Writers nearing deal?: Nikki Finke has a reliable source telling her that an agreement is in place, although a settlement is not expected this week (but perhaps by Christmas). "It's already done, basically," the source told Finke. Formal negotiations between the Writers Guild and the media companies will resume today. Ever since both sides agreed to resume bargaining, there's been considerable optimism (probably too much) that a deal was within reach. Former Warner Bros. CEO Bob Daly told the WSJ that "this is their window to make a deal." By the way, the NYT profiles Finke, with Paramount CEO Brad Grey grudgingly noting that “Like it or not, everyone in Hollywood reads her.”
Happy Cyber Monday!: Consider it a bookend to Friday morning's crazy doorbuster promotions. An analyst at BDO Seidman said Cyber Monday sales would account for about 12 percent of the expected $39 billion in online revenue this season - pretty remarkable considering that Cyber Monday has only been around for a few years. What's different this year is the focus on price promotions. From the NYT:
For some online merchants, the idea of Cyber Monday still rings hollow. Bill Bass, the chief executive of Fair Indigo, a seller of fair-trade apparel based in Madison, Wis., said his site would still not offer special price promotions. “There’s something inherently dishonest about it,” he said. “If you’re giving a promotion now, you’re kind of saying you stuck it to people who bought from you when there wasn’t a promotion.” Mr. Bass acknowledged that the policy could mean his site would lose sales to retailers that offer Cyber Monday discounts. “If you go down that path, you’re training your customers to expect promotions,” he said.
Recession in the cards?: Wall Street keeps pointing to the R-word, while the Federal Reserve and most private economists say that the nation can avoid a downturn, though growth will definitely slow down (it has already). Post-Thanksgiving shopping offered few clues: Friday business was actually stronger than expected, but individual shoppers spent less than a year ago. From the WSJ:
The stock market is notorious for predicting downturns that never materialized, while economists have failed to acknowledge some recessions until after their arrival. "Economists are extremely bad at predicting turning points, and we don't pretend to be any better," Fed Chairman Ben Bernanke told Congress earlier this month. This time around, much depends on how tight a rein financial institutions keep on their lending and consumers keep on their spending. By itself, the housing slump seems unlikely to choke off U.S. economic growth. Home construction accounts for less than 5% of the nation's gross domestic product. But if banks curb their lending in response to billions of dollars of mortgage-related write-offs, or if consumers cut their spending as home values fall and gasoline prices rise, it could knock the economy out of its delicate balance.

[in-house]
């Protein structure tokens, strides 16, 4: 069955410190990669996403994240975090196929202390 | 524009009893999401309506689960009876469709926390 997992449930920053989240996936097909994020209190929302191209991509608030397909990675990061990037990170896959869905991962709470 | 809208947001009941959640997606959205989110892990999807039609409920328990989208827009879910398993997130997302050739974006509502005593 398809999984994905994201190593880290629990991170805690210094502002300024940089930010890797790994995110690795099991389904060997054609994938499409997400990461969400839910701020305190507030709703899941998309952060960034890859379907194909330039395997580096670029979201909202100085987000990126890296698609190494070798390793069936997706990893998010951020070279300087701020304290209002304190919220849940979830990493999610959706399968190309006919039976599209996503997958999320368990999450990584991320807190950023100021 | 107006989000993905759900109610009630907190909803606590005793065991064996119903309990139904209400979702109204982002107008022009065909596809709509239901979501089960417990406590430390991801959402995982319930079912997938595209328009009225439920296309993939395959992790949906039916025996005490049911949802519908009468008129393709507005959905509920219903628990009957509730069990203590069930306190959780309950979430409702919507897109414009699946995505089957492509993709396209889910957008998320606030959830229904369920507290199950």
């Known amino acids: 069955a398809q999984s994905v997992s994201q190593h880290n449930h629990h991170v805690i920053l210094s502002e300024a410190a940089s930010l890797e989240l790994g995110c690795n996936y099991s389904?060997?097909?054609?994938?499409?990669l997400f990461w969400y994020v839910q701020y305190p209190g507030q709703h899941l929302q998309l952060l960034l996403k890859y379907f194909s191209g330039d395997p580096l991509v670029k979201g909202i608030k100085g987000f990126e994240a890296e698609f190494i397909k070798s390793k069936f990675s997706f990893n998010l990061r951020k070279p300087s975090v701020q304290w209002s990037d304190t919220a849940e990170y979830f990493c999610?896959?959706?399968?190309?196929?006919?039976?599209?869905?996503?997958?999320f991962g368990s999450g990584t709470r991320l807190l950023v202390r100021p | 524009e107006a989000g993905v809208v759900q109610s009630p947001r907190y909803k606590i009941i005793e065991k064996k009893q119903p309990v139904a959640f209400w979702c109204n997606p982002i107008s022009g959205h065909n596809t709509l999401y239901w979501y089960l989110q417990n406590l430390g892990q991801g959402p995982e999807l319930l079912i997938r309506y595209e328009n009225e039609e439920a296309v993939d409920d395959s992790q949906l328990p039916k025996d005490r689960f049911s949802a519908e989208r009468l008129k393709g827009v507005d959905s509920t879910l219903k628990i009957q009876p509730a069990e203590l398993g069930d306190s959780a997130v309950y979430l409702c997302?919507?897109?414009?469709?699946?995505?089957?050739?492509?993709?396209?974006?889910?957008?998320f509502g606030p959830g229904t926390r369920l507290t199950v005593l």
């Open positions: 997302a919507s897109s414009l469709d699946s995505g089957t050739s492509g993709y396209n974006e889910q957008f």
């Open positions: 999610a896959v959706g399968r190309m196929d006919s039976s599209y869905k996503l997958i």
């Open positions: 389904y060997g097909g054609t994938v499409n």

Citi planning big cuts?: CNBC reports this morning that the number could total anywhere from 17,000 to 45,000. A Citi spokeswoman said "any reports on specific numbers are not factual," but there's no denying that the largest U.S. bank, is reviewing ways to cut costs. Mortgage writedowns may lead to its first quarterly loss since at least 1998. (Bloomberg)
The Pico/Olympic plan: Originally the idea was to make them one-way streets, but residents and merchants quickly put the kibosh on that. So today Mayor Antonio announces an alternative that would keep Pico and Olympic two-way streets while supposedly making them behave more like one-way streets (huh?). The mayor's aides say it will significantly reduce travel time. From the LAT:
The first step in the mayor's plan would be to immediately begin to eliminate parking on both streets during rush hour. Then, beginning next year, traffic lights would be re-timed so that those traveling west on Olympic and east on Pico would be rewarded with longer green lights. Those driving in the other direction might see their rides take longer. If those two steps speed up traffic, mayoral aides say the city might take an additional step and restripe both streets, so most lanes on Pico would be for eastbound motorists, while westbound lanes would predominate on Olympic.
Convention business makes comeback: All it takes is construction of a 54-story, $900 million convention center hotel to get organizations interested. More than 40 new conferences have been booked in the past year. From the Downtown News:
In fiscal year 2004-2005, L.A. Inc. booked just 12 conventions, paling in comparison to West Coast cities such as San Diego and Anaheim, which each have thousands of hotel rooms within walking distance of their convention facilities. One year later, after breaking ground on the Nokia Theatre, the number of conventions jumped to 22. In the last year, 41 conventions signed contracts to come to Downtown L.A., for events as far off as 2016. Since July, 12 more convention deals have been inked. With the hotel scheduled to be completed in 2010, L.A. Inc. officials said they expect bookings to continue to grow, and even break the record of 22 major conventions held in a single year.
All ads all the time: We already have advertising-only magazine, so a commercial-only TV show isn't such a big leap. A company called Firebrand puts on the collection of new and classic ads from the U.S. and overseas. It debuts tonight on ION Television. Firebrand will weave in spots that are paid placements along with those included for sheer entertainment value. There's no delineation between free ads and paid placements. (NY Post)